Read the full text of the letter below.
April 24, 2014
I urge you to support S. 1410, the Smarter Sentencing Act (SSA), sponsored by Senators Mike Lee (R-UT) and Richard Durbin (D-IL). This bipartisan legislation, which will soon see a vote in the Senate, alleviates the costly overcrowding crisis in our prisons. It would reduce excessive sentences for low-level drug offenses and authorize judicial review for possible resentencing of cases sentenced under the old 100 to 1 crack cocaine sentencing disparity. Bread for the World calls on you to vote in favor of the bill and asks you to consider co-sponsoring the SSA. Additionally, we hope you will oppose any additional amendments that harm the bill’s integrity, such ascreating mandatory sentences for other offenses.
As a Christian anti-hunger advocacy organization, we view federal policy through the lens of its impact on hunger and poverty. Hunger is often a byproduct of social exclusion and discrimination. People who have spent time in prison are more likely to face barriers to work and thus less likely to have the resources to put food on the table. The toll on families and their economic security is significant. Furthermore, outdated, overly punitive, and unnecessarily restrictive drug sentencing disproportionately and unfairly incarcerates people of color for low-level and nonviolent offenses.
Passage of the Smarter Sentencing Act would help restore fairness in our justice system. Since 1980, the federal prison population has increased by an astounding 800 percent even though crime rates are lower. Half of the people in prison are there for a drug offense. Fewer people incarcerated for nonviolent, low-level drug cases would have a marked improvement on hunger in America.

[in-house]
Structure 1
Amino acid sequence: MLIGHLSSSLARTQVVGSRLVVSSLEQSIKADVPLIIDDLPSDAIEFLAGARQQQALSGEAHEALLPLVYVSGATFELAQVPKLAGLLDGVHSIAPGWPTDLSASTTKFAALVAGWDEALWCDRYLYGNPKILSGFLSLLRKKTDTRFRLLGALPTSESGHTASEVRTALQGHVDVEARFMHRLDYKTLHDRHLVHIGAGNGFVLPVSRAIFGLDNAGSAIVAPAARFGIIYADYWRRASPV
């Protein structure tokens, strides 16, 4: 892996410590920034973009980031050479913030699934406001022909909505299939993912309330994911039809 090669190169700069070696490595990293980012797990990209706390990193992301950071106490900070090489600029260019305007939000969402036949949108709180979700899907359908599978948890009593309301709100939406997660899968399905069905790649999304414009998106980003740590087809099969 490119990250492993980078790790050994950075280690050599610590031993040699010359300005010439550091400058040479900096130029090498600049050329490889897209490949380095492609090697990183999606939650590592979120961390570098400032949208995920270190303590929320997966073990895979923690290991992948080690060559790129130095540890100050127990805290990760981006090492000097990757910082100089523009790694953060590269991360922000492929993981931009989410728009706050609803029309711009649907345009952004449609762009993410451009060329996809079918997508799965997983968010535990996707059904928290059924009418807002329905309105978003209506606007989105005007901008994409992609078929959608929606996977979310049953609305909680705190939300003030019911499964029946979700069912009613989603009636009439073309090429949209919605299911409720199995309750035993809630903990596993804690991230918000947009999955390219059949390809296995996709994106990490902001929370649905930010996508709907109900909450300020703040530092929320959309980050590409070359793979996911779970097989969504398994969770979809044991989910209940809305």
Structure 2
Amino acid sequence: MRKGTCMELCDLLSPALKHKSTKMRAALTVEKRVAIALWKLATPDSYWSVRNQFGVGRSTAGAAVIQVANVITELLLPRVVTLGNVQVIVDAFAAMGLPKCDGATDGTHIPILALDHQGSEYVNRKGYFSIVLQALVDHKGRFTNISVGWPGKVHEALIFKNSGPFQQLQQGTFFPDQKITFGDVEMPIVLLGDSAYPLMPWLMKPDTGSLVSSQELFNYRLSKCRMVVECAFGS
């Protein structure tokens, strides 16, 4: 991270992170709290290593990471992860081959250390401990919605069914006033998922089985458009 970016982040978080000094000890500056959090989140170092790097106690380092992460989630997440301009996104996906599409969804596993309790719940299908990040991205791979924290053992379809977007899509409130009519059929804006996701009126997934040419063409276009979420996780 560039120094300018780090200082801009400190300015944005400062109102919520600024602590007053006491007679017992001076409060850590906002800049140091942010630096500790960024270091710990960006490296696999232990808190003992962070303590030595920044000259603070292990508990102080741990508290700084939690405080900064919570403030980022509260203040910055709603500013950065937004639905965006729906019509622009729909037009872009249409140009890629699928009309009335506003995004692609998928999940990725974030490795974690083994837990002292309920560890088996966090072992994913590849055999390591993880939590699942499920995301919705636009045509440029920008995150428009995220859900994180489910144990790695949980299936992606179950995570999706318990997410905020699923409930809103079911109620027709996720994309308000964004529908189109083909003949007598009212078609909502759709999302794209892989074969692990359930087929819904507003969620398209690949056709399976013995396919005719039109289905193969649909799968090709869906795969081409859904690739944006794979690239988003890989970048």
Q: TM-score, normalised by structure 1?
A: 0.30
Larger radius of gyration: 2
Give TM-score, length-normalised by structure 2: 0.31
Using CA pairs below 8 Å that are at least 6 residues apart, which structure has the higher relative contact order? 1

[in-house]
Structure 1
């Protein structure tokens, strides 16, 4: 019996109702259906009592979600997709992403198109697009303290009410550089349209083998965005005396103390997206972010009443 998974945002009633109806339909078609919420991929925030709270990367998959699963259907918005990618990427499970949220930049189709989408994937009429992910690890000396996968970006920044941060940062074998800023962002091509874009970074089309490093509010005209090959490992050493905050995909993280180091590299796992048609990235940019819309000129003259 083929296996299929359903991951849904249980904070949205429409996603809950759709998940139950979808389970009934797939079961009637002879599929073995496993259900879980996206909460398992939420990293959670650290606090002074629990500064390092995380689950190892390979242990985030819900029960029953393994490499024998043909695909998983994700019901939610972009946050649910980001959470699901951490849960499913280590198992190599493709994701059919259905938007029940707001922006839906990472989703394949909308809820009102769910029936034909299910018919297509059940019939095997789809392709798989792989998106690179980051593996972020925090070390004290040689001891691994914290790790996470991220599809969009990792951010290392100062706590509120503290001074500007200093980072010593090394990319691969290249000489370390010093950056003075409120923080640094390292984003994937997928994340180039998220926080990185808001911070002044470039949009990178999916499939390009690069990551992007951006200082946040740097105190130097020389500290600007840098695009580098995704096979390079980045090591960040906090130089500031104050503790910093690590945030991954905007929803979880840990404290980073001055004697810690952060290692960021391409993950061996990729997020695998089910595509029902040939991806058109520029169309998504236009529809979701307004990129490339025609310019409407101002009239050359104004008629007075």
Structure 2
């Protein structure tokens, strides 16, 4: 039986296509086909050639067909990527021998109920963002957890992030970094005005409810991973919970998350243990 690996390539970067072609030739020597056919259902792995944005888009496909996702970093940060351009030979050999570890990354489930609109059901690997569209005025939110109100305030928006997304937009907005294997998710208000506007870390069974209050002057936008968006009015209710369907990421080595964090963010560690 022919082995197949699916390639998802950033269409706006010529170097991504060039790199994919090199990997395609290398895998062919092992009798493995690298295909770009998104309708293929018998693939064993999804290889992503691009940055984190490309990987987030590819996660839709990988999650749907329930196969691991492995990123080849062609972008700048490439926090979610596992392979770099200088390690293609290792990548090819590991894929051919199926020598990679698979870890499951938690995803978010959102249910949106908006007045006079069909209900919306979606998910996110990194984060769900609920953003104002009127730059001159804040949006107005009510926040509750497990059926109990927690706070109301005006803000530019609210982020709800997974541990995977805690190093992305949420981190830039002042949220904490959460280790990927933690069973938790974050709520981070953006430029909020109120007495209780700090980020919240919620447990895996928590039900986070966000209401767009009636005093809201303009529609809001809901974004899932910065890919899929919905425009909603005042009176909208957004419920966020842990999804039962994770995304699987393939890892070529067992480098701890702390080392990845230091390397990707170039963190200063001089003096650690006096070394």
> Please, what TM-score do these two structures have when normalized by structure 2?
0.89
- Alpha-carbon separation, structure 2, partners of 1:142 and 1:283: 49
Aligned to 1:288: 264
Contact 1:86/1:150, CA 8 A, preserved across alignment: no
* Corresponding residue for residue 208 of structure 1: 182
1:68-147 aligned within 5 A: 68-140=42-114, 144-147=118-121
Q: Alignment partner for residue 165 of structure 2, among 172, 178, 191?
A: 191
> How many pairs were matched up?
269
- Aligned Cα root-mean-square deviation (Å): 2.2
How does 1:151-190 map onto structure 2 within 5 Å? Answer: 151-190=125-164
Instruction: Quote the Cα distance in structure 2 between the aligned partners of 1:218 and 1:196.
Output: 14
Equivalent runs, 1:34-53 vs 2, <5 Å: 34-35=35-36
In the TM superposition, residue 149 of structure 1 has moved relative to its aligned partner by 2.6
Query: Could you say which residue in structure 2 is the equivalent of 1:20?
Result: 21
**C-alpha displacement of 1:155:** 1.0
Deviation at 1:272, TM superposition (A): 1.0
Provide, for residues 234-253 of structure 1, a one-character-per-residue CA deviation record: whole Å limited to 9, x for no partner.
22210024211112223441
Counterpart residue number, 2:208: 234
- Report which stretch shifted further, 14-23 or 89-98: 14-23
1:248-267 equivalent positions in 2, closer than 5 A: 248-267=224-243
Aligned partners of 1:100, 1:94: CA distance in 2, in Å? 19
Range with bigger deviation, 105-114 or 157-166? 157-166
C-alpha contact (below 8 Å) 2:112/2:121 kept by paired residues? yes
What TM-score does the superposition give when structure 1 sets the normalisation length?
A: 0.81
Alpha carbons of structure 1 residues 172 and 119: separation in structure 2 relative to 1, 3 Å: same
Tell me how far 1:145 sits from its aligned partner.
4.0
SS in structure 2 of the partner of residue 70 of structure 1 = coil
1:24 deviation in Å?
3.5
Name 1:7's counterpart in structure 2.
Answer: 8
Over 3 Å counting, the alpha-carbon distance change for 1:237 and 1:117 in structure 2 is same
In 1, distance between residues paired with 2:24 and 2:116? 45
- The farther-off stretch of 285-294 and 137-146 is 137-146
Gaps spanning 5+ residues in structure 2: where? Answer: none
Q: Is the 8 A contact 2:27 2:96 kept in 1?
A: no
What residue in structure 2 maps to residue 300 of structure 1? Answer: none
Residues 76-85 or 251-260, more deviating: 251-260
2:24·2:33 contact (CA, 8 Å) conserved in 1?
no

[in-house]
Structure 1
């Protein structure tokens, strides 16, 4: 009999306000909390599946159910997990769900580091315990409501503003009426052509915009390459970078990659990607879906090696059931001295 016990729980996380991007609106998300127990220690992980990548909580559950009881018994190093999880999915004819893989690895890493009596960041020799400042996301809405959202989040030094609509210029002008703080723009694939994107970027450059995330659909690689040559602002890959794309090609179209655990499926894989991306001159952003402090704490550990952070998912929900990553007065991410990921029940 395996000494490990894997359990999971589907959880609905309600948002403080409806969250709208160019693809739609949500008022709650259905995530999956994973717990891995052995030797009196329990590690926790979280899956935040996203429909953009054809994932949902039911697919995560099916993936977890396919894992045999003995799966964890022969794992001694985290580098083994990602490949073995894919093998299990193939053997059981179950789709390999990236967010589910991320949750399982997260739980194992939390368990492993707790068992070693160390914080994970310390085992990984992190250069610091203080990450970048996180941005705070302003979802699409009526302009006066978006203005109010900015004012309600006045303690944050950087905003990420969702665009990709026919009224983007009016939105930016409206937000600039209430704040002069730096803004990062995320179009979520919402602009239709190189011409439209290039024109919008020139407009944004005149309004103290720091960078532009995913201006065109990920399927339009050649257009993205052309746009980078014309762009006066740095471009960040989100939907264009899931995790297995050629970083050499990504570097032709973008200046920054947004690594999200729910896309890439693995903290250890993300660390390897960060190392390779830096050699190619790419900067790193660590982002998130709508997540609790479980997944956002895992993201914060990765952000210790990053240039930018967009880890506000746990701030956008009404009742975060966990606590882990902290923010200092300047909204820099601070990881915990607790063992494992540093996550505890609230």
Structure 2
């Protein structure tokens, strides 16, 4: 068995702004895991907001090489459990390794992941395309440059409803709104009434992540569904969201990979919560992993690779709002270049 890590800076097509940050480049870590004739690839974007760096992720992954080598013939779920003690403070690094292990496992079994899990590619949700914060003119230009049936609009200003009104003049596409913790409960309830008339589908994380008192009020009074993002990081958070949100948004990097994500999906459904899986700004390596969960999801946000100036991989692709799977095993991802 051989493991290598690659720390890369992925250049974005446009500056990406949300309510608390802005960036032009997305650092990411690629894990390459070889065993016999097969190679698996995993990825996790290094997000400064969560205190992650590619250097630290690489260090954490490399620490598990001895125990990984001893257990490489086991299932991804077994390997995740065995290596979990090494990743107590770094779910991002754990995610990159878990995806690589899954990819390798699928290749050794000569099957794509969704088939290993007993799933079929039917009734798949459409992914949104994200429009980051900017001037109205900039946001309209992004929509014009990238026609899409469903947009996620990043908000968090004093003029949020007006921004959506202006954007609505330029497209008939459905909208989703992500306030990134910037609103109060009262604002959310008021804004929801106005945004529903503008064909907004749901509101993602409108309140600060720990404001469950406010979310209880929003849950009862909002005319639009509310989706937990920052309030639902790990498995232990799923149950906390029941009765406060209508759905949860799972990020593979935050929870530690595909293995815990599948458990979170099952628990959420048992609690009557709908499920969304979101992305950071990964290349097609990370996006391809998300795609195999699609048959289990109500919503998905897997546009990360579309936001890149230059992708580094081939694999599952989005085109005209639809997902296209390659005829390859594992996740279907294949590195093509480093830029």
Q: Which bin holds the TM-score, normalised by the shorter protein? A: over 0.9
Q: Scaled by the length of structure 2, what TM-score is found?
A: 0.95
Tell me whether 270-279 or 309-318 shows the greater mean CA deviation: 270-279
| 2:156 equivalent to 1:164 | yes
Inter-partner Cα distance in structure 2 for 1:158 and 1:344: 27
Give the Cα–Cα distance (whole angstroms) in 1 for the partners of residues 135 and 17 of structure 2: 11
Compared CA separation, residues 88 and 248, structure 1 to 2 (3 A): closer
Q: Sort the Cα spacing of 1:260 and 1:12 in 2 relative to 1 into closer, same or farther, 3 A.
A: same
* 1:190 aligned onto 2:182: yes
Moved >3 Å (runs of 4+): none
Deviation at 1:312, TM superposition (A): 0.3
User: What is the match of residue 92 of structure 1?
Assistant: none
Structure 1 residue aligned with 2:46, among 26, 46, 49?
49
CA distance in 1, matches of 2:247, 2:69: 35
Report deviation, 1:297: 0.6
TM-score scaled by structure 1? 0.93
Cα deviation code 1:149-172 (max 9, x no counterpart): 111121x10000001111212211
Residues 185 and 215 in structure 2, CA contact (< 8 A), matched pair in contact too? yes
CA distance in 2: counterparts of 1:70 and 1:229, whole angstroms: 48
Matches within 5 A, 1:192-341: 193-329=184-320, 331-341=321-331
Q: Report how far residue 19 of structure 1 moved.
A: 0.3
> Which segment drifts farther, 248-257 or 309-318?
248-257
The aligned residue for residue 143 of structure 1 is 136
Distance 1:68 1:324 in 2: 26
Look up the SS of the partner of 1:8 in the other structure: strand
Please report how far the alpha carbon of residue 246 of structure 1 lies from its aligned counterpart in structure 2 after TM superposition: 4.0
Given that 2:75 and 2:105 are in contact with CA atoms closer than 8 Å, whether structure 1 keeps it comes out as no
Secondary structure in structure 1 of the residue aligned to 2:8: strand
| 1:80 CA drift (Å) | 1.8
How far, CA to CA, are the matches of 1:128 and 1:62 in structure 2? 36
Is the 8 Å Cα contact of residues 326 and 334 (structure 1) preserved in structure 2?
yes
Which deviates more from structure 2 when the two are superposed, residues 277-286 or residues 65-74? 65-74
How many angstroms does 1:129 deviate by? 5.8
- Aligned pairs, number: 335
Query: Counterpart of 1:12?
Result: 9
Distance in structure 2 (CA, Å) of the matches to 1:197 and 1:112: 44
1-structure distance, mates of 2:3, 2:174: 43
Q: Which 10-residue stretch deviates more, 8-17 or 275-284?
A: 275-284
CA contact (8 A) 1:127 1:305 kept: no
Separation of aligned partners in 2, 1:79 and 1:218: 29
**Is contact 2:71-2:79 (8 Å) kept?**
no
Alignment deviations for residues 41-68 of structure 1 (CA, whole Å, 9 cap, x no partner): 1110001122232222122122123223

I urge you to support S. 1410, the Smarter Sentencing Act, protect it from additional harmful amendments, and consider co-sponsoring the legislation.
Lynne Hybels listens as Krisanne Vaillancourt-Murphy speaks during the "Women in Social Justice: Educating Yourself for Advocacy" panel discussion at the 2014 Justice Conference in Los Angeles, Calif., on Feb. 21. (Robin Stephenson)
Once you have seen injustice in the world, it cannot be unseen. You want to do something – but what? How can we work toward restorative justice in our communities, our nation, and our world?
Restoration of God’s vision of the world as it should be, as opposed to how the world is, was a theme of this year’s Justice Conference, which took place in Los Angeles last week. Krisanne Vaillancourt-Murphy, interim director of church relations at Bread for the World, participated in the panel "Women in Social Justice: Educating Yourself for Advocacy" with teacher and advocate Belinda Bauman, Willow Creek Community Church co-founder and Ten for Congo founder Lynne Hybels, Kilns College vice president of development Melissa McCreery, and moderator Chelsie Frank.
The road to advocacy had different on-ramps for each of the women. For Vaillancourt-Murphy it began by living and working with migrant workers in Oregon after finishing college. Frustrated with a system that prevented people from flourishing, she needed to do something. Biblical examples of advocates like Nehemiah and Ruth pointed her toward Bread for the World, and the need to address root causes of injustice. “When we connect our story and God’s story, the world transforms,” Vaillancourt-Murphy said.
McCreery used her training as an educator as her foothold in justice work. The response to injustice is often driven by emotion, but she pointed out that injustices also have political, cultural, and even economic roots that must be considered. A holistic approach is vital to avoiding burnout. “We need to educate people to be successful leaders, so they don’t spin their wheels around the emotional context,” McCreery said.